The NSW Government has announced new legislation to ban the re-registration of all statutory written-off vehicles (WOV). The move comes as the Government toughens its stance on car rebirthing, and means the WOV's registration is cancelled and recorded against its VIN on the Register. A statutory write-off will never be permitted to be re-registered in any State or Territory. It is hoped the new legislation, introduced on 31st January, 2011 will help stop the sale of potentially unsafe vehicles to unsuspecting customers.
What is a Statutory Write-Off?
A "statutory write-off" refers to a vehicle too badly damaged to be repaired to a standard that is safe for road use. The vehicle identification number (VIN) is recorded as a statutory write-off, and the vehicle is not allowed to be registered in any State or Territory. These vehicles are only suitable for use as parts or scrap metal. Vehicles have to be marked as a statutory write off when they have been in salt water, fresh water above the dashboard for more than a certain time, and also in the cases of extreme damage.
What is a Repairable Write-Off (RWO)?
Cars that have been in an incident and suffer significant damage can be classified as a “repairable write-off” (RWO). Essentially, these cars are deemed uneconomical to repair by an insurance company and a payout is made to the owner for the value of the vehicle. Many of these RWO's are sold at damaged vehicle auctions, repaired by their owners, and put through a written-off vehicle inspection. Once the repaired vehicle is deemed roadworthy, it re-registered and can be sold on. However, a vehicle that is classified as a "repairable write-off" will have a listing on the written off vehicle register (see sample Car History Report).
What if I buy a Repairable Write-Off (currently registered)?
There is nothing essentially wrong with buying a repairable write-off as it must have passed a number of regulatory checks before it is re-registered and put back on the road. But, what it will affect is the perceived value of the vehicle, as a RWO will generally fetch a much lower price on the market. Buyers need to keep this in mind when negotiating on the price of the purchase.
What if I buy a Repairable Write-Off (currently unregistered)?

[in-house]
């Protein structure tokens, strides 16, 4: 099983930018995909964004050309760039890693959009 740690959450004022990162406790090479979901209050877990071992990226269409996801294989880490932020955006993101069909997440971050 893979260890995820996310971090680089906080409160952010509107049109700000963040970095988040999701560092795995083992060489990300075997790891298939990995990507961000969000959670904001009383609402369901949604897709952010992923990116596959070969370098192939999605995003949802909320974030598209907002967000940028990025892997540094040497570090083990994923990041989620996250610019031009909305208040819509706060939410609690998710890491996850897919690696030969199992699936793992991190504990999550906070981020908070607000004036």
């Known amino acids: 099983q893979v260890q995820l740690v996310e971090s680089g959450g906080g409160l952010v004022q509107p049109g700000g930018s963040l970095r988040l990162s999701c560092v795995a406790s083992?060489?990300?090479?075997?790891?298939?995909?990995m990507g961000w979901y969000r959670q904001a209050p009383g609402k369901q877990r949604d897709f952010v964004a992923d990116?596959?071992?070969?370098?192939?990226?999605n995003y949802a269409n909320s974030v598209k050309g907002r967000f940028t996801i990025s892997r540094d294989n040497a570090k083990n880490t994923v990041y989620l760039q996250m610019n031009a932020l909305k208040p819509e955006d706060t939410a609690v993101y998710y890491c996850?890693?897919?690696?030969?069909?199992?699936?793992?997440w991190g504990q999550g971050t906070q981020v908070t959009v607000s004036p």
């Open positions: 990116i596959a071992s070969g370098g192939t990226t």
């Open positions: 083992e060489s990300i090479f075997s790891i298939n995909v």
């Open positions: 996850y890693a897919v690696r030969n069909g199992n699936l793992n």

Roads and Maritime Services (RMS) will only consider an application to repair and re-register a RWO in limited circumstances. This applies when there is no non-repairable damage and if the vehicle fits one of the exempt categories (see Registering a Repairable Write-Off). If authorisation to repair to vehicle is granted, it must be repaired to the manufacturer’s guidelines or recognised industry standards. Once repairs are complete, your repairer will give you a Certificate of Compliance declaring that the vehicle has been repaired to the required standards. You’ll then need to have the vehicle inspected at an Authorised Unregistered Vehicle Inspection Station (AUVIS), and get an identity and safety check. The vehicle will also need be inspected by the RMS Vehicle Identification Inspection Unit (VIIU). It is recommended that you keep all information to do with the repair process, including invoices and receipts for parts, to support your application for registration.
How can I find out if a vehicle is a Repairable Write Off?
Unfortunately, sellers may not be upfront about a car history. Many sellers will make up personal reasons for why the car is priced so low, like the owner lives overseas and is looking to sell the car at any price etc..ar market – or worse still, try to illegally sell an “statutory write-off” which has been deemed unfit for the roads and must be used for scrap.
A RWO stays registered with the Written-off Vehicle Register, so it’s easy to find out if a seller is being upfront about the vehicle’s past. Therefore, an iRego History Report can really save you money when it matters. By knowing the vehicle is in fact a RWO you’ll be armed with valuable information on what the car is really worth and how much you’ll be willing to pay.
Why has the NSW Government done this?
There is a black market for purchasing RWO's at auctions, then using stolen parts to rebirth and register the car and sold for a tidy profit. This isn’t being done by licensed repairers but by unscrupulous operators in backyards and workshops using stolen parts, who then sell the vehicles to unwary motorists.
Some consumers are being taken for a ride and these motorists might be driving around in what’s effectively a stolen vehicle. More importantly, many of these vehicles have had dodgy repairs which can mask major structural damage. And, they are extremely unsafe.
Car re-birthing is a significant problem which has been known to have links to organised crime syndicates. But, the new laws will put a massive dent in these illegal operations. It’s estimated that as many as six out of ten of the 20,537 RWO's presented for re-registration in 2009 posed serious questions about the origin of the parts used to repair them.
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